Weekend Inspiration–Turning Negative Into Positive

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“I don’t mind what the critics say.  The worst thing is to be ignored.”  Les Dawson (from Brainyquote)

Rare is the artist, writer, photographer, musician who doesn’t at some time receive negative criticism.  After getting past wishing for a VooDoo doll of the critic to stick pins into, try some of these very good suggestions from others who have been there.  Turning the negative into a positive can go a long way to not only restoring confidence but to neutralizing any painful feelings from the encounter.  There is no question that some people love to criticize for a multitude of reasons.  Reverse that negativity as fast as possible and turn it into a fresh green bud of new growth and freedom.  Ultimately, the opposite of the confines of criticism is the freedom of new birth.

Here are some great articles for turning the negative into the positive.

The Artists Network:

http://www.artistsnetwork.com/articles/inspiration-creativity/how-to-deal-with-criticism

The Guardian:

http://www.theguardian.com/culture-professionals-network/culture-professionals-blog/2012/feb/09/reasons-tips-criticism-arts

ArtsBistro:

http://artbistro.monster.com/benefits/articles/9829-how-to-deal-with-negative-criticism

Colorful Fridays–Blow Out Blue

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If you see a tree as blue, then make it blue.”  Paul Gauguin (from Sensational Color)

Phthalo Blue is anything but a soft, peaceful calming blue.  Phthalo Blue will knock the socks off of any mix it comes in contact with.  Phthalo Blue is not for the feeble hearted.  Generally blues are thought to be the color of quietness for soothing the soul.  Or blues can also refer to sadness or depression as in “a case of the blues.”  Whoever coined that phrase clearly had never met the Phthalos.  The Phthalos are anything but soothing or depressing.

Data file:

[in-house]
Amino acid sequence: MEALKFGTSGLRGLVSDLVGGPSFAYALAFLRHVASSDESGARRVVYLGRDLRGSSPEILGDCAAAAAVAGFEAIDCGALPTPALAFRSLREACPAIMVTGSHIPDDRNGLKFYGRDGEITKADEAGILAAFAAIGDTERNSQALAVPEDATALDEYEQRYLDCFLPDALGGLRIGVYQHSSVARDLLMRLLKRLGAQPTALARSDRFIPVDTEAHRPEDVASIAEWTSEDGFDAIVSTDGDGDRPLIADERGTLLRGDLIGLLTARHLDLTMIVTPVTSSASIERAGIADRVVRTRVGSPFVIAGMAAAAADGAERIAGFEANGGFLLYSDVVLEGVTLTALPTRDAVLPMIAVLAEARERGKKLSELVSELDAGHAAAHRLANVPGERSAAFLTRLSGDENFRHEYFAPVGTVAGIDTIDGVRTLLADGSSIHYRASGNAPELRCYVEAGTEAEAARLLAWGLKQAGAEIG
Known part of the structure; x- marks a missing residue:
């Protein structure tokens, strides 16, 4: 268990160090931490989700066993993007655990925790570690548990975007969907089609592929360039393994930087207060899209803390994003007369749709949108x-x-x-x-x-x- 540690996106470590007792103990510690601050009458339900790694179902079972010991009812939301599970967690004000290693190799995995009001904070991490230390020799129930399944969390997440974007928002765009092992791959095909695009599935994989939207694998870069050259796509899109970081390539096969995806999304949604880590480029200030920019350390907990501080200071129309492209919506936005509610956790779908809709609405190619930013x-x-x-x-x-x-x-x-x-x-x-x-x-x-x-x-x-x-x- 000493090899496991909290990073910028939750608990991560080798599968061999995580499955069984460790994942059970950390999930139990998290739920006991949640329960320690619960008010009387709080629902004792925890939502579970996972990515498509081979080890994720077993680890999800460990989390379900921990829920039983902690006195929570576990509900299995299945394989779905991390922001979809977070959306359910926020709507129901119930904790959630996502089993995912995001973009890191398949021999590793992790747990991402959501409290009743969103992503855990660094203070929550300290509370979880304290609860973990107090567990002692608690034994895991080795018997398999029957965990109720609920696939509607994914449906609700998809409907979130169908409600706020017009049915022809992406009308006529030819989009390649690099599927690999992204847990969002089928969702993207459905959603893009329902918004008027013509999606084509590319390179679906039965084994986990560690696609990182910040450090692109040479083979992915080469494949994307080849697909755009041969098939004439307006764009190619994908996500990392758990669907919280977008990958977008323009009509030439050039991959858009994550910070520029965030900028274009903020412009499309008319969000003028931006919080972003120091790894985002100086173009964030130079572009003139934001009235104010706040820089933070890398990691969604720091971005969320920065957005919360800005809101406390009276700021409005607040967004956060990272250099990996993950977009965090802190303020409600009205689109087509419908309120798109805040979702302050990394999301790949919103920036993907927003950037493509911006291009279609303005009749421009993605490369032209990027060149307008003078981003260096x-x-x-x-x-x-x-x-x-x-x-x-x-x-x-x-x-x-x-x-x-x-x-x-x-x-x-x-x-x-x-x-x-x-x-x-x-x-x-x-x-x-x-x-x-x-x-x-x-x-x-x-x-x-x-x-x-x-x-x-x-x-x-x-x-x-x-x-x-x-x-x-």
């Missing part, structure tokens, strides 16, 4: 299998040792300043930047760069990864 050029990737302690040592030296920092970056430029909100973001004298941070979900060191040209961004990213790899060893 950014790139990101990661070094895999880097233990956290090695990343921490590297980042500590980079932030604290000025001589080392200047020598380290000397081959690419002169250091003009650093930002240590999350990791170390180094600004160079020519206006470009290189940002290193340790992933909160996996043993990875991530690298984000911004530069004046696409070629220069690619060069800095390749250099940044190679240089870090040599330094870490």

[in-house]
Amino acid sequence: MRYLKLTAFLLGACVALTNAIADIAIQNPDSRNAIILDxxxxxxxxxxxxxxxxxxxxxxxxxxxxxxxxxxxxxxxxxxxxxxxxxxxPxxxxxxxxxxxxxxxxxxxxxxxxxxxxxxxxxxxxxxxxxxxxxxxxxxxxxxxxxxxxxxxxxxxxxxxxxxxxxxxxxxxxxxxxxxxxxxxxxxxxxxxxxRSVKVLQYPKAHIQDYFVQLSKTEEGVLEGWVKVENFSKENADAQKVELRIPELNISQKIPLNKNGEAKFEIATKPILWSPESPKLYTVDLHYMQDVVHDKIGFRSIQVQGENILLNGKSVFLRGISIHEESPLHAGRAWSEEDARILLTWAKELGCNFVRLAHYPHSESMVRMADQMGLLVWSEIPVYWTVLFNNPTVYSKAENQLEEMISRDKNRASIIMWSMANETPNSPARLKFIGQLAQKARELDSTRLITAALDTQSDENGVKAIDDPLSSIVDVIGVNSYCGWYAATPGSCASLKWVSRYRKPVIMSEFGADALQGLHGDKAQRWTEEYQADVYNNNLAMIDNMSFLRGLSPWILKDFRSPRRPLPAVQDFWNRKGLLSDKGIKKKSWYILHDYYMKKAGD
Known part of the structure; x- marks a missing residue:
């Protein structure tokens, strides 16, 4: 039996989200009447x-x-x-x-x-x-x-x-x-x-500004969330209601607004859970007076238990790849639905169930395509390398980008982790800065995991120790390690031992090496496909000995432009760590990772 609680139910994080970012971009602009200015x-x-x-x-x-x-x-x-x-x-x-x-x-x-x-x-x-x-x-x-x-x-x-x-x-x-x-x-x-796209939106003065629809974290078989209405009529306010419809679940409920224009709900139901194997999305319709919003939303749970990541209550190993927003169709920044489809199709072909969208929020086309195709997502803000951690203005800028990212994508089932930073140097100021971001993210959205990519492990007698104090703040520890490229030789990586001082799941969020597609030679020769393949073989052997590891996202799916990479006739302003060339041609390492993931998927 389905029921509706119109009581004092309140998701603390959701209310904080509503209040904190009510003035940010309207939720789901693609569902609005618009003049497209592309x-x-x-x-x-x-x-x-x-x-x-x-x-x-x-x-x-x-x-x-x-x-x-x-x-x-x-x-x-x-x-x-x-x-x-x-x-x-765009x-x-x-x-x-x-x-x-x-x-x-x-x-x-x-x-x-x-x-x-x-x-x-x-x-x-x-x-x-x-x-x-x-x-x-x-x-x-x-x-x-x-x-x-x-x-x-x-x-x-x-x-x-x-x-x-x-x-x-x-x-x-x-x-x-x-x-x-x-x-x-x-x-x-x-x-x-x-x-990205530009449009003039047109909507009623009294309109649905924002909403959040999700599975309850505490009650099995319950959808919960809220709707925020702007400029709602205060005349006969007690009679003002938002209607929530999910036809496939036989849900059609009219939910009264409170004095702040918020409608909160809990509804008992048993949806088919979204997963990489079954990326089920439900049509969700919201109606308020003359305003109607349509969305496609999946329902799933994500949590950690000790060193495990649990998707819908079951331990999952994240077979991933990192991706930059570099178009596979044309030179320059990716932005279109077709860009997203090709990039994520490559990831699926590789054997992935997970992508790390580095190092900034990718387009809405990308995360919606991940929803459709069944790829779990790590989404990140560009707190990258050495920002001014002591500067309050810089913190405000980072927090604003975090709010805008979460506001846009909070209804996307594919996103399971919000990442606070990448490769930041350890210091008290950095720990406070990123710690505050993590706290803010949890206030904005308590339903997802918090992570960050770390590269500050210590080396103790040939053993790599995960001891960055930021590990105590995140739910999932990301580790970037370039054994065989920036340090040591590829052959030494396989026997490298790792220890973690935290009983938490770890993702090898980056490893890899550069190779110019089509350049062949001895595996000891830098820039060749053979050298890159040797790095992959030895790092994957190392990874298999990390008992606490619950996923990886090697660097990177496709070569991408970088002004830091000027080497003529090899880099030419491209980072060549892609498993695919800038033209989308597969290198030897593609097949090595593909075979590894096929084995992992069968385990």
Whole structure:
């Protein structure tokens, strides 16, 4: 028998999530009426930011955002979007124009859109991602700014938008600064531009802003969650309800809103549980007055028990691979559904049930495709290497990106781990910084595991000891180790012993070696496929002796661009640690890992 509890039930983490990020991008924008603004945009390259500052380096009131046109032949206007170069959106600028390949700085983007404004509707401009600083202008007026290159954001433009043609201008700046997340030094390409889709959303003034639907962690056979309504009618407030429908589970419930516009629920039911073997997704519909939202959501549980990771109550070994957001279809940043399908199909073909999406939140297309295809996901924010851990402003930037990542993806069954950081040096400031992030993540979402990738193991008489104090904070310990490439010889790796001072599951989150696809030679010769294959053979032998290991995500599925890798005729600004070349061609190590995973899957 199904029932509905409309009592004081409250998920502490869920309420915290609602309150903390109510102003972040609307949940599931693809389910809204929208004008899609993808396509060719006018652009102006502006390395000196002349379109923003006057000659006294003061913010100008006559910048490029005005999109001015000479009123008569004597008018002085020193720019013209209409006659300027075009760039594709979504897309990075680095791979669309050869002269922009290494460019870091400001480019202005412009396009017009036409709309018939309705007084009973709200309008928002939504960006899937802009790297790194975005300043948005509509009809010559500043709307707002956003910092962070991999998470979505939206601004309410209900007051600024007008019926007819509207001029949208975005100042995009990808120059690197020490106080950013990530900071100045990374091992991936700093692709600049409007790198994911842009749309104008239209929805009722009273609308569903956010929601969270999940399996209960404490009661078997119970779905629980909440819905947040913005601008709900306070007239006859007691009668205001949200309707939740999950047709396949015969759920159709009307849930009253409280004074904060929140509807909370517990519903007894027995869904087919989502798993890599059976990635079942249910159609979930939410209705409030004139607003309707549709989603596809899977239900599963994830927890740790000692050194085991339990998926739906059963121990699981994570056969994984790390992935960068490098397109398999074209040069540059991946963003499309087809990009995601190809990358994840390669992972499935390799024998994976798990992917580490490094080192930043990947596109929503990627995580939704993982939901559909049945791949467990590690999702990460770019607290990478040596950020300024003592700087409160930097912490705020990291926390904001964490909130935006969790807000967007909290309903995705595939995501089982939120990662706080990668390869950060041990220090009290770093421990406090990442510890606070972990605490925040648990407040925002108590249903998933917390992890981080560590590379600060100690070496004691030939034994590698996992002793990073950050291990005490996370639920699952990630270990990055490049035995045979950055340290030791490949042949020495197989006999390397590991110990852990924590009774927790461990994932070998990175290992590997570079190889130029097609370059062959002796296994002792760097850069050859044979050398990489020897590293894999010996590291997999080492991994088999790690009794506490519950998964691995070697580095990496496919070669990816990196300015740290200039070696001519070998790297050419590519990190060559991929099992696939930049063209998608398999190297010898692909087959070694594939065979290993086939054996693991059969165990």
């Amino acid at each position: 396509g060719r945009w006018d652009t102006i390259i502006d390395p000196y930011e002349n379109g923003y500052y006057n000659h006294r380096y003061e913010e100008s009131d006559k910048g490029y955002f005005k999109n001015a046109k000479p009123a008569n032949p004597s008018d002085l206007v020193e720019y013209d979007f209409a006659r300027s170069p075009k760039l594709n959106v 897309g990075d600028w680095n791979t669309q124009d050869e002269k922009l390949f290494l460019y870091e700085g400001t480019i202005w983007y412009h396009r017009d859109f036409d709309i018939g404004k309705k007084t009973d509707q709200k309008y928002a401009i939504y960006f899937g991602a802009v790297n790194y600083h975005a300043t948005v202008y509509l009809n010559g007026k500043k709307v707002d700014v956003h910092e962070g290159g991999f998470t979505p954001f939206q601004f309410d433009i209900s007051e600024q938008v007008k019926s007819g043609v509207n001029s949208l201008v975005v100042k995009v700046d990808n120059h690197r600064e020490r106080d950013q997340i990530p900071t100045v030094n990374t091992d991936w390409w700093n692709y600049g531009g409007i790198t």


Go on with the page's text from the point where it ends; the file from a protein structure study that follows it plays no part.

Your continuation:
Phthalo Blue comes either with red undertones for a bluer blue or green undertones for a strong green.  Winsor Newton first introduced a Phthalo Blue in 1938 known as Winsor Blue to replace “the capricious less reliable Prussian Blue.”  Winsor Newton says Winsor Blue has good tinting properties but cautions to take care when using.  Winsor Blue and Phthalo Blue can quickly “overpower.”  Artist David Rourke says the Phthalo’s are “beautiful, lightfast and high in chroma.”  But he doesn’t use them because “they are too bloody strong.”  Artist Stapleton Kearns finds Phthalo’s “strength a drawback,” but says it also can be used to make “great greens.”

 Sensational Color says, “not all blues are serene and sedate.  Electric or brilliant blues become dynamic and dramatic—an engaging color that expresses exhilaration.”  Phthalo Blue is the in -your -face blue.  If you must make a statement but just can’t go red, Phthalo Blue can do the trick.  Phthalo Blue will muscle its way in and take over, squeezing out all others.  Most blues drift in wafting around in a whisper sliding carefully over the furniture.  Phthalo Blue charges in knocking down everything in the path.  Sometimes you just want to make a blow-out production that won’t be soon forgotten.  That’s the time to call in the Phthalo Blue.  But look out.  He may take over.

Artists in Healthcare–Bloggers Who Know

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“Art washes away from the soul the dust of daily life.”  Pablo Picasso

Picasso’s statement above pops up frequently.  It is a much-quoted line with a depth of wisdom that touches on many areas.  As related to the Arts in Healthcare, the line can literally mean the difference between sickness and health.  No.  I am not saying the arts can replace medicine but they can come in and wash off the dust leaving the pathway clear for healing.  Stress complicates the healing process.  It is a well- documented fact.  Art can relieve stress.  As the arts continue to grow in healthcare where can a person go for more information.  Aside from the big organizations, there are several blogs dishing out the skivvy.

Marti Hand of Creativity in Healthcare is both a nurse and an artist.  On her blog she states, “This blog serves as a platform for my passionate interest in integrating creativity and the creative process (the arts) into healthcare, particularly in the care of patients/clients.”  Hand talks about how the “science and art” of medicine has left off the art part.  Her goal is to bridge that gap by bringing art more into the healthcare setting.  Creativity in Healthcare features articles and important links for those interested in what is happening with creativity in healthcare.